Mila Green was working as a tour guide in Russia when a group of U.S. tourists surprised her by pooling their money to buy her a ticket to the United States. As a foreign student attending UH, Green took an entrepreneurship class from Bill Sherrill. At the time, Green had no intention of starting a business, she says. But to support herself while going to school, she worked as a translator and interpreter. The business plan she put together for the class became the $7 million business that Green now owns, MasterWord Services, Inc.
“My business grew as part of my homework,” says Green, BBA ’95. She expresses deep gratitude for all the people in the CEI program who helped her along the way.
“MasterWord was a very small startup when we began in 1993, but this year we expect revenues to exceed $7 million. From planning to operations to problem-solving, I don’t think we’d be where we are today without the exceptional preparation I received from the Center for Entrepreneurship & Innovation,” Green says.
Another CEI success story unfolded in an unlikely way: Vibhore Jain, BBA ’06, was a CEI student when he took it upon himself to make a large purchase of textbook overruns for the family business, an international book vendor. Jain’s impulse buy of more than 600,000 books didn’t seem like such a good idea when he realized he wasn’t sure where or who the company would sell them to. After his uncles chewed him out at a family gathering, he mentioned his problem to Steppe, who helped him develop a plan. Two weeks later, the entire shipment was sold for approximately $500,000 in a two-week time period (a profit of 450 percent, he says). Now Jain, managing partner of Studium Press, has spun that experience into another facet of the business, an endeavor that takes him all over the globe. “It all kind of just fell in my lap,” Jain says, but Steppe and other CEI faculty, “led me through the steps and taught me how to persist. The caliber of the classmates and the professors with their hands-on approach was exceptional.”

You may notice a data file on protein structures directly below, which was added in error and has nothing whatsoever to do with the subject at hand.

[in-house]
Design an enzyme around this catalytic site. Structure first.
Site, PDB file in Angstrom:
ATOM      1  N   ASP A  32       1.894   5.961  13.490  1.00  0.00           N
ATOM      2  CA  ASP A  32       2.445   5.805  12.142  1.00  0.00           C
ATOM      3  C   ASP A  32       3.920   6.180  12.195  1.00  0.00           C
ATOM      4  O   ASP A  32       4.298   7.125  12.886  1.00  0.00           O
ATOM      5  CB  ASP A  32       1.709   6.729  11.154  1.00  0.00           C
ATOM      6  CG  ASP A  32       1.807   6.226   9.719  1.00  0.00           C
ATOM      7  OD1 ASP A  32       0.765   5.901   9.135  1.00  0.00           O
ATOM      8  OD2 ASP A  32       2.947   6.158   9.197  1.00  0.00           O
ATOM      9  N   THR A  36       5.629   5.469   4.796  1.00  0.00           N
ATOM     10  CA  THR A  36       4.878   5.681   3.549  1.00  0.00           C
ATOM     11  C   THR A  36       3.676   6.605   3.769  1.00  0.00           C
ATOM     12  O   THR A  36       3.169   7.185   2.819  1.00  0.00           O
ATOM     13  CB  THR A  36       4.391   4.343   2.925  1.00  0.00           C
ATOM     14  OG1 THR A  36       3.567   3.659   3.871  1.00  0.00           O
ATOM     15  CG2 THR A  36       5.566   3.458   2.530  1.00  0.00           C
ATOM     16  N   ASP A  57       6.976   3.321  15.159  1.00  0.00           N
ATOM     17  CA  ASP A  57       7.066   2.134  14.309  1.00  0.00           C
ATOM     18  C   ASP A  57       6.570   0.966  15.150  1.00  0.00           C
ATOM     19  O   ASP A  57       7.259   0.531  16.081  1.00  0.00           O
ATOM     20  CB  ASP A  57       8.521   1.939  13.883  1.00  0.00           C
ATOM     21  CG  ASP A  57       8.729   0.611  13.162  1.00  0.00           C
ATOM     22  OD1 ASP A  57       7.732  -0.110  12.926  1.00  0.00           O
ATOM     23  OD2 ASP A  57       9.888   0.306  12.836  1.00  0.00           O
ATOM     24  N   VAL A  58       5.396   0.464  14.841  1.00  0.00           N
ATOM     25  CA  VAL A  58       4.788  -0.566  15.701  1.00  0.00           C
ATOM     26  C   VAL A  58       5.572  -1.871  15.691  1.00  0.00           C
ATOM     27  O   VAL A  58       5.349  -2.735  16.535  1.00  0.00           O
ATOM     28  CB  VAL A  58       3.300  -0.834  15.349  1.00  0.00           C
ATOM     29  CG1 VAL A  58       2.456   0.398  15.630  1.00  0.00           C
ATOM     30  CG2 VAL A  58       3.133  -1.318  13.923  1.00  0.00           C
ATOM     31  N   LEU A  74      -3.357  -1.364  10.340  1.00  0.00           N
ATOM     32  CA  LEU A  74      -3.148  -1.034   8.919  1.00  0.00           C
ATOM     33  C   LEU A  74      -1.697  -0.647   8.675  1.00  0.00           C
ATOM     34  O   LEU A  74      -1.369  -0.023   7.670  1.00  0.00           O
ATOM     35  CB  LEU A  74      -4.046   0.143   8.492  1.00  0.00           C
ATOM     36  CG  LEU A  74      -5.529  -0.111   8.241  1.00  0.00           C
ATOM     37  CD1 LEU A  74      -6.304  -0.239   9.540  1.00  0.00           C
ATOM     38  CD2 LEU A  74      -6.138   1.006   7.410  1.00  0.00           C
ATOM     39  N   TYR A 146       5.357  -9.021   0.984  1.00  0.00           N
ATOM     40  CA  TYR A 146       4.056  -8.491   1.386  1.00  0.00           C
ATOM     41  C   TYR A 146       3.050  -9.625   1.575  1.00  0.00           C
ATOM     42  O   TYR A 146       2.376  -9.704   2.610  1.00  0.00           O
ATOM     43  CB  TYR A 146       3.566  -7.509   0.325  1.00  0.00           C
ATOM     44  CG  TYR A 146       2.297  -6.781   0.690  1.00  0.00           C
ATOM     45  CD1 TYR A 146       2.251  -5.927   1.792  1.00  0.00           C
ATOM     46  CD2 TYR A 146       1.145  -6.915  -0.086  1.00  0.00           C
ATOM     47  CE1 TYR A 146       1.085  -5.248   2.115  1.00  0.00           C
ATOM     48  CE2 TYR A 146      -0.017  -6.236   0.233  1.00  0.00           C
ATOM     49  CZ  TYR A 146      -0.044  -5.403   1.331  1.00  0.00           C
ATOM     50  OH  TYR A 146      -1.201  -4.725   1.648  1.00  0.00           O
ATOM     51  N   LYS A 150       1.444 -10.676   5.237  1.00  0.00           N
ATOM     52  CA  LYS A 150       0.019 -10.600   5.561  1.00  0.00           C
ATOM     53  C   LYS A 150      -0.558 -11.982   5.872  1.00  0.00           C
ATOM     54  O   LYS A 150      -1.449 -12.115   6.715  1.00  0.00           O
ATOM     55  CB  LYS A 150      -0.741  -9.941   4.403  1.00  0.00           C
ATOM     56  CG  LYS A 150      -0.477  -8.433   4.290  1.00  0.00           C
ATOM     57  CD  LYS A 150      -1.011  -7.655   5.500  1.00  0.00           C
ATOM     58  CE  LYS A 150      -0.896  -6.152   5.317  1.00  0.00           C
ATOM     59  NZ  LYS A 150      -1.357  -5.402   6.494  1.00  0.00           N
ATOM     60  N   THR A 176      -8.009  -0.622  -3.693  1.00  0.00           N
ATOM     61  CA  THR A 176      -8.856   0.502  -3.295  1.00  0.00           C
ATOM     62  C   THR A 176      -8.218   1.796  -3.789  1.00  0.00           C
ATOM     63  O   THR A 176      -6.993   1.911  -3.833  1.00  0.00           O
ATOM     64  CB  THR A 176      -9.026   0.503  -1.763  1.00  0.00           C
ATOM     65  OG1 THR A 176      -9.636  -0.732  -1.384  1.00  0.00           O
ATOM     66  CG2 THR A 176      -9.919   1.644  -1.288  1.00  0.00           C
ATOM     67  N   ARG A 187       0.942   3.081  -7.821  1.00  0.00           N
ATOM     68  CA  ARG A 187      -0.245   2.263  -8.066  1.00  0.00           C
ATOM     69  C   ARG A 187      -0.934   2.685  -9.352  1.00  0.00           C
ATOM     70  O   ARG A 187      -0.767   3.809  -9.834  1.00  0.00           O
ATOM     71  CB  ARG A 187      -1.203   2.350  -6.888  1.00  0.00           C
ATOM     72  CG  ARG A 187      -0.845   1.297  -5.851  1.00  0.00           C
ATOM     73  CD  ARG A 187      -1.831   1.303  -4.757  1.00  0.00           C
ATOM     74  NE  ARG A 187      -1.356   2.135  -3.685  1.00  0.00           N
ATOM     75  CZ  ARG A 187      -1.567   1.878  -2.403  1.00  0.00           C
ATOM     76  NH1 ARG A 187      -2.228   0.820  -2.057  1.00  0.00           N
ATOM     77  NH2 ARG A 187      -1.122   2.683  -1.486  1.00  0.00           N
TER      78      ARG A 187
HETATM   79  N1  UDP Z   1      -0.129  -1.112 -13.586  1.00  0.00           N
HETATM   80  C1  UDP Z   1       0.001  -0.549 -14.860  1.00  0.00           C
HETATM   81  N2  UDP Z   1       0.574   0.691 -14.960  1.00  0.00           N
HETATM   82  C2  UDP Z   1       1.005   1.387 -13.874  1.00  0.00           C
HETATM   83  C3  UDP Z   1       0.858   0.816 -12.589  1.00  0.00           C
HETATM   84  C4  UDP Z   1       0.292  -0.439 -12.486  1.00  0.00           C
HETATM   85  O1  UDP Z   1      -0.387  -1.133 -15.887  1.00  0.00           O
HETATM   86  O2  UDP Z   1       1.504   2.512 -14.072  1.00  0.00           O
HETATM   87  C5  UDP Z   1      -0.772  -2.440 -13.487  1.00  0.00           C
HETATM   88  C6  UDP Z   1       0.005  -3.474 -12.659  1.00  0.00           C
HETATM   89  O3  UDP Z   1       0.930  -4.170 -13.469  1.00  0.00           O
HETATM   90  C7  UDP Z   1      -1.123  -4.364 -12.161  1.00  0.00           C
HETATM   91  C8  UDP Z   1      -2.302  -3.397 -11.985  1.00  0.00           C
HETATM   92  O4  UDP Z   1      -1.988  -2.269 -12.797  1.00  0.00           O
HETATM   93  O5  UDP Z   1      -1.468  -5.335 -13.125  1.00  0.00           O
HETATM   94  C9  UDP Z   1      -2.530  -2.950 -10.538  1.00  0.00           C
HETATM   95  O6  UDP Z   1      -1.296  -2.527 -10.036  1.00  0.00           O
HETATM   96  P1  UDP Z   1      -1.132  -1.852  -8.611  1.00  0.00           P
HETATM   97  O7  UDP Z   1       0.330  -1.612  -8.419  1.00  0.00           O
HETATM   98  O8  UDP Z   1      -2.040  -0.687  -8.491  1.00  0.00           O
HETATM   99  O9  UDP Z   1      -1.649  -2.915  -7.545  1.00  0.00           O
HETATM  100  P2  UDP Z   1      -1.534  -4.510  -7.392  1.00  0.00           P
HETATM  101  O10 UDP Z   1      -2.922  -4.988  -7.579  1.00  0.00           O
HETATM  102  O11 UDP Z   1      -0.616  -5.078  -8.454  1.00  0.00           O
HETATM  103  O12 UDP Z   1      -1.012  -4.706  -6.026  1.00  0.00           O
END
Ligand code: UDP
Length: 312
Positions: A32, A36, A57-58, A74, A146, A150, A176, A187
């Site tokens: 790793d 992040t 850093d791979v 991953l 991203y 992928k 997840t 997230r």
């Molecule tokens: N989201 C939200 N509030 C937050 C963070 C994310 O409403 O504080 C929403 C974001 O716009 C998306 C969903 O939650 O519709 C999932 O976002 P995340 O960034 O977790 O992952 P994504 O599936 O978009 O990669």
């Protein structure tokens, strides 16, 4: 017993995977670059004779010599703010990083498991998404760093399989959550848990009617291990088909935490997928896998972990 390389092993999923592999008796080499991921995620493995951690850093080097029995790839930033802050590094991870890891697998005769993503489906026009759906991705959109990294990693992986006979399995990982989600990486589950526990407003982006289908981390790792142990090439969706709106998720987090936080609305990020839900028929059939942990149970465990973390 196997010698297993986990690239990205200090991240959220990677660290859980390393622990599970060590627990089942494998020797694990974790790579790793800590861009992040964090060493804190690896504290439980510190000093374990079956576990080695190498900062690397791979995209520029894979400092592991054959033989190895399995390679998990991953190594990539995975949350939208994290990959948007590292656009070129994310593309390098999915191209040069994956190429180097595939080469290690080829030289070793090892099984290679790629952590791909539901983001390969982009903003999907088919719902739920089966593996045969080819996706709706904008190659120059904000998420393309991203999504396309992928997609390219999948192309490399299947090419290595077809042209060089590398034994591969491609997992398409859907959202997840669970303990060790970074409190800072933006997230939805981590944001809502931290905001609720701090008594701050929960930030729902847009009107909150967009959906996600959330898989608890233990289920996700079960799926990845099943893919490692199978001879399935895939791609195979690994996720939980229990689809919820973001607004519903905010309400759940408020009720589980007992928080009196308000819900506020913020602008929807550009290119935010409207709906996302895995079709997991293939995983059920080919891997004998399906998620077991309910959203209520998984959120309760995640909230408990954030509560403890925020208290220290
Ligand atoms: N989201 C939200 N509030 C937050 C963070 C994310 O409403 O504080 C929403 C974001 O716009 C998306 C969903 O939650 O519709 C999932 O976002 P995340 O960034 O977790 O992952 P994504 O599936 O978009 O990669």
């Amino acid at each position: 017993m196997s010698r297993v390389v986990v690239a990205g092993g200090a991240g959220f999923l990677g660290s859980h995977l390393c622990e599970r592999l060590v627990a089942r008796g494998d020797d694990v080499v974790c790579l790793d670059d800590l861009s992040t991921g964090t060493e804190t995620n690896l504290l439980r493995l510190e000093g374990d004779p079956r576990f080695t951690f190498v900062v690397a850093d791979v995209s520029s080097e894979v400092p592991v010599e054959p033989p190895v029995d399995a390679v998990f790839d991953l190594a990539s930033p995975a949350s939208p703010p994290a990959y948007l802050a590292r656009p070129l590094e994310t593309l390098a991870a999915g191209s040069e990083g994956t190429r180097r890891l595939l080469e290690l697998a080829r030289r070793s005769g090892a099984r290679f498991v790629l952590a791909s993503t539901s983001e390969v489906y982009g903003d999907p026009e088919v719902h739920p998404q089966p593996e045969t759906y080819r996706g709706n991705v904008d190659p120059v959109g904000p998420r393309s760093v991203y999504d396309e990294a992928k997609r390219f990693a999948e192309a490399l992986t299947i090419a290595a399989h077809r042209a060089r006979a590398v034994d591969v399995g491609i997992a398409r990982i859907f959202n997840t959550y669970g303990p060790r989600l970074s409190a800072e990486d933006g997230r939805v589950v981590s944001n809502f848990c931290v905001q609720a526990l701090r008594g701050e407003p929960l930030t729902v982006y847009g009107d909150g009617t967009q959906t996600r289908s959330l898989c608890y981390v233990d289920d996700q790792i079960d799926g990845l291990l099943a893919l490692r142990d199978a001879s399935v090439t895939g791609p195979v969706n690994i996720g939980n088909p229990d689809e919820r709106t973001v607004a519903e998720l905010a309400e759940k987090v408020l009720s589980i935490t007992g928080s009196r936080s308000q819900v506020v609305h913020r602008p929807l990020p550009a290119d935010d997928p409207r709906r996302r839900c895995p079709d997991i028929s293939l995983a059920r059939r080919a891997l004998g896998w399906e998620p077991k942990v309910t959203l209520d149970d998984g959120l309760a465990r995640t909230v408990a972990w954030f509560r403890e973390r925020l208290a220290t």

Such success stories are the rule, not the exception when it comes to CEI.
While it’s true that entrepreneurs share certain personality traits, like an observant and curious nature, and a positive sense of urgency, it’s also true that carefully thought out curriculum, enrichment opportunities and faculty who are grounded in practical business experience make the magic accessible to anyone, Steppe says.
CEI Cinderella stories? They abound. But students won’t need fairy dust and magic wands to achieve their dreams, he says.
“We spent a lot of time unraveling the pieces of this puzzle, which we now know is not that complicated,” Steppe says. “This model we’re teaching you is useable in whatever business you choose.”
By Julie Bonnin
About the University of Houston
The University of Houston, Texas’ premier metropolitan research and teaching institution, is home to more than 40 research centers and institutes and sponsors more than 300 partnerships with corporate, civic and governmental entities. UH, the most diverse research university in the country, stands at the forefront of education, research and service with more than 35,000 students.
About the Bauer College of Business
The C.T. Bauer College of Business has been in operation for more than 60 years at the University of Houston main campus. Through its five academic departments, the college offers a full-range of undergraduate, masters and doctoral degrees in business. The Bauer College is fully accredited by the AACSB International – the Association to Advance Collegiate Schools of Business. In August 2000, Houston business leader and philanthropist Charles T. (Ted) Bauer endowed the College of Business with a $40 million gift. In recognition of his generosity, the college was renamed the C.T. Bauer College of Business.